Thursday, January 15, 2015

A little Spanish practice

Part of an assignment for my Spanish class. It's fiction.

Una vez cerca de la medianoche, yo manejaba en la carretera a Albuquerque. Era vacía y muy tranquila a esa hora. Yo estaba solo, solo y aburrido. Entonces, yo vi un hombre al lado de un coche que se había estrellado en una zanja. <<¡Ayúdanos!>> él grito y agitaba sus brazos. Por supuesto yo paré. <<¡Mi esposa está embarazada y necesita ir al hospital inmediamente!>> <> dije a mí mismo. Pero yo no vi la mujer. En lugar, yo vi la pistola que el hombre apuntó a mí. Él dijo, <> Ninguna buena acción queda sin castigo, yo pensé.

Saturday, January 03, 2015

Snow maiden

The Indian maiden kneels with her ewer, dappled in last night’s snow. She is cast in plaster, all that remains of a fountain that once graced our back yard. The young girl’s broken base is long gone with the weekly trash, but she survives. Rosemary and yucca surround her, their mantles of white shrinking as the morning progresses. The plants need little water, and perhaps the droplets of snowmelt will suffice until the next uncommon rainfall. By noon, or certainly by sunset, the snow will vanish from the yard.

Sunday, December 28, 2014

Two writing exercises

A couple of writing exercises dashed off at an El Paso Writers' League meeting.

#1. We were to use the words writer, coffee, deal, and seagull.

Imelda sat with me under the cabana as I listened nervously to the caw-caw of a seagull. She's a coffee-drinking writer who's sure to become a bestselling author some day. She wore a bathing suit that showed off her best features. God, I loved that woman, but she'd been avoiding a heart to heart chat with me all week. Finally I took out a little box and handed it to her. It held a diamond ring that set me back six months' pay.

"Marry me," I said.

"Of course not," she said. I was crestfallen. "Here's the deal. I'm having my editor's baby."

#2 We were to use the words impossible, belly, flare, joy, and square.

"This is impossible," I thought, hiding out in the belly of the beast. It had come from far-off Andromeda, millions of light years away. This monster was apparently made from silicon, each side over a mile square. It didn't seem to know or even care that I was inside it, but I felt no joy in discovering there were no exits. I wished for a light, a flare to find my way. Then there was a sudden rush sounding like a flood, and the whole inside began to fill. It was releasing its digestive enzymes, and I was about to become cosmic waste.


Sunday, November 23, 2014

chihuahua desert blues

empty west texas nowhere
creosote everbrowngrass
flatflatflat ground until its notanymore
mountains and tabletopped mesas
asphalt strips slice through ancient limestone
relentless burningsunhaze
skyblue eightymilesanhour
eighteenwheelers rvsuhauls
lonelysolitary travelers
roadside crosses plastic flowers
eastbound freighttrains
doublestacked cargo
graffiti spraypainted containers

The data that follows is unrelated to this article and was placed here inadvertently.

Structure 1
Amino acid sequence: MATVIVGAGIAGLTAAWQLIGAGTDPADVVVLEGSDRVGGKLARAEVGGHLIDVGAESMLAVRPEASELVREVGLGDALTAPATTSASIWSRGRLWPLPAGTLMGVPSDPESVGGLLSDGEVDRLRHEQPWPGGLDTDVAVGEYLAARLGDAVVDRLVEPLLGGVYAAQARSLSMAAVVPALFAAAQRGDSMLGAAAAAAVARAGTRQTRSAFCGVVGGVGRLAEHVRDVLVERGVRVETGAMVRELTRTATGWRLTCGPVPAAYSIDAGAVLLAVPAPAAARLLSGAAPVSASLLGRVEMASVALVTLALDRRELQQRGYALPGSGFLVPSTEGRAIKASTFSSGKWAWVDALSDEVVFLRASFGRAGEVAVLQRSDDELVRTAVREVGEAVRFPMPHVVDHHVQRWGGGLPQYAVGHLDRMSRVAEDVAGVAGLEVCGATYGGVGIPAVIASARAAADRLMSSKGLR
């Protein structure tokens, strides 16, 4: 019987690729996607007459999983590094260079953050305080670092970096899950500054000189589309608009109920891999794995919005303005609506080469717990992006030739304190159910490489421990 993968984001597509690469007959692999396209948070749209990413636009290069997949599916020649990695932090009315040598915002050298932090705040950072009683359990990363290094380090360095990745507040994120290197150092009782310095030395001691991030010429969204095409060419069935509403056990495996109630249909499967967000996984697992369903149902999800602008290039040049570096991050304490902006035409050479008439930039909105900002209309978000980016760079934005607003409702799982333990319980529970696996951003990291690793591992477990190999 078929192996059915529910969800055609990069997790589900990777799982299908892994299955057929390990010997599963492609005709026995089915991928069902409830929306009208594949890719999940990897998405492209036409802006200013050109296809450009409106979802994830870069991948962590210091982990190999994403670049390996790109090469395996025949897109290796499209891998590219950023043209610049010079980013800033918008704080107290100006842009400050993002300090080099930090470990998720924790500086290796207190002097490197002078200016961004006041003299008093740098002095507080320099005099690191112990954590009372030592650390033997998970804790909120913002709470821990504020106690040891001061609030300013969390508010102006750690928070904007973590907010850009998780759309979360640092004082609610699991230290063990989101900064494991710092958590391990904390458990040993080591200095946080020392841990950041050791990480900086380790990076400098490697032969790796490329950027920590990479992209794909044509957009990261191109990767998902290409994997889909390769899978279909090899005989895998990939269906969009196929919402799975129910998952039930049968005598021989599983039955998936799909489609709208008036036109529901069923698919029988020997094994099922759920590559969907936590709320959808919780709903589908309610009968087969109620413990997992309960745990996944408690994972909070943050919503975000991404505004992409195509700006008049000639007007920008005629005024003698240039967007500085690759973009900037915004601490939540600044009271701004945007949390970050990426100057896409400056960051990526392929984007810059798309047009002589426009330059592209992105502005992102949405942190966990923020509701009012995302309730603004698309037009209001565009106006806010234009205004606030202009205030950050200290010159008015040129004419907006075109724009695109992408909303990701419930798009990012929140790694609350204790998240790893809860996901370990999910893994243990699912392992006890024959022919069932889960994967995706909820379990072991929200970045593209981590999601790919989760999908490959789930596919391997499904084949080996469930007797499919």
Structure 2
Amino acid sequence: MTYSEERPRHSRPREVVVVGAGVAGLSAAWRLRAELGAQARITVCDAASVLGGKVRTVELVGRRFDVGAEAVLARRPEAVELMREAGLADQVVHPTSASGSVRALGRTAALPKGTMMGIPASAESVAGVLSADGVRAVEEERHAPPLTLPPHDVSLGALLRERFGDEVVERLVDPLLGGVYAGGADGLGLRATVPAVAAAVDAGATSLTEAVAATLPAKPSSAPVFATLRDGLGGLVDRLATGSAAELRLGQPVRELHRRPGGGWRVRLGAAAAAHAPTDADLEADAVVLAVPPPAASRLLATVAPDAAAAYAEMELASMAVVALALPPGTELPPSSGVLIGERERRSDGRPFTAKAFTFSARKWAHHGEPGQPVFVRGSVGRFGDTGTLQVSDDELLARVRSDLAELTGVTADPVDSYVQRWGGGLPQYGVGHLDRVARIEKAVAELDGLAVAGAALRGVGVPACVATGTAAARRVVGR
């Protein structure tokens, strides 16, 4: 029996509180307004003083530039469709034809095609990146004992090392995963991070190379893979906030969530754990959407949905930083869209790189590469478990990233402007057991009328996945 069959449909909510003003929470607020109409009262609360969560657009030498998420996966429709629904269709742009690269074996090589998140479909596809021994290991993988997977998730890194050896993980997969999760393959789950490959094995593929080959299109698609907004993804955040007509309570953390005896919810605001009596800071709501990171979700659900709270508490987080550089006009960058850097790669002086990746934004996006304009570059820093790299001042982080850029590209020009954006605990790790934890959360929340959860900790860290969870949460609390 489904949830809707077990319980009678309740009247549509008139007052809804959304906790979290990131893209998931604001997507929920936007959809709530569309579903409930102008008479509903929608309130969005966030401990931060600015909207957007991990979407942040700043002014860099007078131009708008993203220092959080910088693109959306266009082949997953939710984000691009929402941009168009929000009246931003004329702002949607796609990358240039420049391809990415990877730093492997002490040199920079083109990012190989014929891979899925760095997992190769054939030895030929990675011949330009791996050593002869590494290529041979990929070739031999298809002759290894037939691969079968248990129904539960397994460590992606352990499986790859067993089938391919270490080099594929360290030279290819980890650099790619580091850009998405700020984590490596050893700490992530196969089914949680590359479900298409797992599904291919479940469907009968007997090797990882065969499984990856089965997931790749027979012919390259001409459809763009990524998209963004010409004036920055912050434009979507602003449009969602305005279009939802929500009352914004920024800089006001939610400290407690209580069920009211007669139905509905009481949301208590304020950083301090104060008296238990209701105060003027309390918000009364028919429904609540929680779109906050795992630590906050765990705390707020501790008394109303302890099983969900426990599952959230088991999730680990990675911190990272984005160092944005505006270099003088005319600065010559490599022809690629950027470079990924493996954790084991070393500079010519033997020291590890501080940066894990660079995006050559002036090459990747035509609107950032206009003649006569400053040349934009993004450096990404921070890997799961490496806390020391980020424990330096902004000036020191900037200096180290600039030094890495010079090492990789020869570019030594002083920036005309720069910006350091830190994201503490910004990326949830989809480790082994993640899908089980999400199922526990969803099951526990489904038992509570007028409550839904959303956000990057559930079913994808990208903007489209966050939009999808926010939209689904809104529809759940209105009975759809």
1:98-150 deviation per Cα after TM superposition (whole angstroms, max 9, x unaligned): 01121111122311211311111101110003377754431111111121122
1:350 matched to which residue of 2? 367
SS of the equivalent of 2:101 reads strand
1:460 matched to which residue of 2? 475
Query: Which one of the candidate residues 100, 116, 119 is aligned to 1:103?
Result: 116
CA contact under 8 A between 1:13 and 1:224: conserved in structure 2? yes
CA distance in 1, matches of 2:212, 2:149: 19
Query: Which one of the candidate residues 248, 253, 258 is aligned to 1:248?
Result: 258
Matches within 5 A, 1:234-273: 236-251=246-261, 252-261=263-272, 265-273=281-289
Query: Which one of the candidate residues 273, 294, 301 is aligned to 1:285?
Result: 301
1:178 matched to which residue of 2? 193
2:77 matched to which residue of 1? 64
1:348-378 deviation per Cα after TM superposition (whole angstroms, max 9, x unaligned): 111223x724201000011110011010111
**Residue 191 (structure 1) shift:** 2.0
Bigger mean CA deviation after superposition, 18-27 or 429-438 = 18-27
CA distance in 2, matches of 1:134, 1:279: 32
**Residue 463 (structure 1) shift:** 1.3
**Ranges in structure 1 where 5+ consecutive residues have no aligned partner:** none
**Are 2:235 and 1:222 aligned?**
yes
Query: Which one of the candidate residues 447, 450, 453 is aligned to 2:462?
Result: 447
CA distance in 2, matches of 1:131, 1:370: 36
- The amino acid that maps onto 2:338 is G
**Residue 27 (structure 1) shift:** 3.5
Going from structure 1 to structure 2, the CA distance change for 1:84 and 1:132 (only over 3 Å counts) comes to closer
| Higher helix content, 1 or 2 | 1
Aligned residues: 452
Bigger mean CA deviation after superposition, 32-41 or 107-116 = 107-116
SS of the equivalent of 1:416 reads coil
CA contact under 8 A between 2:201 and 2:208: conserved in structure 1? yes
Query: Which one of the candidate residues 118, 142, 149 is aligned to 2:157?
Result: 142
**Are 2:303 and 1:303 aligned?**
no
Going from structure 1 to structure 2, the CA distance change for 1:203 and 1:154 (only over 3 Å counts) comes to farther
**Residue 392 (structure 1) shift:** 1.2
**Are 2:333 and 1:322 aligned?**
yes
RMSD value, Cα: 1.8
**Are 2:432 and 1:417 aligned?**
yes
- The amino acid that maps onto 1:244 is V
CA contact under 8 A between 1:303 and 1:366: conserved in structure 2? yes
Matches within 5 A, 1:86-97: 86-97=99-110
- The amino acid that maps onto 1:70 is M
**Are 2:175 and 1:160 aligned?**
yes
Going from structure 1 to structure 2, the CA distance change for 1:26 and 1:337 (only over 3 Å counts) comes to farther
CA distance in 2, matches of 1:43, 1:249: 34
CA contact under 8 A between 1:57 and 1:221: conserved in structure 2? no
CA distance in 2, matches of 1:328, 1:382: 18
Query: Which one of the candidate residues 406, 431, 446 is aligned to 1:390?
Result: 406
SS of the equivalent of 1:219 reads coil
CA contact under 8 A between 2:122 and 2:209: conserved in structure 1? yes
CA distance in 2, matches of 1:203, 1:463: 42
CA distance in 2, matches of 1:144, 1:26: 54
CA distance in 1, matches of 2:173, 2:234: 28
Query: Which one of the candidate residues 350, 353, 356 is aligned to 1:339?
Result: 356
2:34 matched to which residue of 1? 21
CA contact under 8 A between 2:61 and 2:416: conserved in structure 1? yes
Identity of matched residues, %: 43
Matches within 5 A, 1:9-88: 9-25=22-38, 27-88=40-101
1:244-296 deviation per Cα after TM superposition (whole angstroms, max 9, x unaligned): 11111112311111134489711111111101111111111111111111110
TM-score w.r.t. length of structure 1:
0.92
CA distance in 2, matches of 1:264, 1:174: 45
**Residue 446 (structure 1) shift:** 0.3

drywashes waterless riverbeds
stopat vanhorn pilotstation
nobodys destination
gasup and drivesomemore

Sunday, November 09, 2014

Writing exercise at the El Paso Writers' League

Moderator Julia Duncan asked members to write in 15 minutes about either the best or worst moment of our lives. Here is my effort:

My office phone rang. Almost everyone in my office had left for the day or had one foot out the door. I'd had a productive, satisfying day, and a personal phone call was just the thing to top it off. Ah! My brother Steve's voice. I always enjoyed long-winded chats with him.

"How're you doing, big brother?"

"Not good. Mike died today."

My brain didn't process the blow at first. I had him repeat himself. His son wasn't even 40 yet.

"Oh my God, Steve! I'm so sorry!"

"I am too. And Peg has been crying all afternoon."

My chest heaved in sharp, shallow breaths. This wasn't happening. Not again. We had lost our brother Larry three years before, and now this.

"I haven't cried yet," Steve said. He prided himself on containing his emotions, but how--how could he not cry? My eyes welled up for my nephew. As I hung up, my boss walked by, and I stopped her. I just had to tell someone.

"Kathy." She turned and looked at me. "My nephew just died!"

Saturday, September 27, 2014

Meet Holly Michael, author of Crooked Lines

I recently read and thoroughly enjoyed Crooked Lines, a novel about an American woman, an Indian man, and the crooked paths that bring them together. With its strong Christian theme, author Holly Michael's debut fits perfectly into that market. It isn't preachy, though, and mainstream readers will enjoy it.

Holly shares some of her thoughts with us:

Author Holly Michael
Why India?

For a Wisconsin farm girl born with wanderlust and big dreams (and tired of looking at black and white cows), I craved the unknown--exotic, colorful, and warm places. Although I wanted to travel the world from a young age, India stuck in my mind as the ultimate place to visit. As destiny would have it, I married a man from India who loved to travel and who had friends all over the world. My husband's background is unique. He entered into a religious community as a teenager.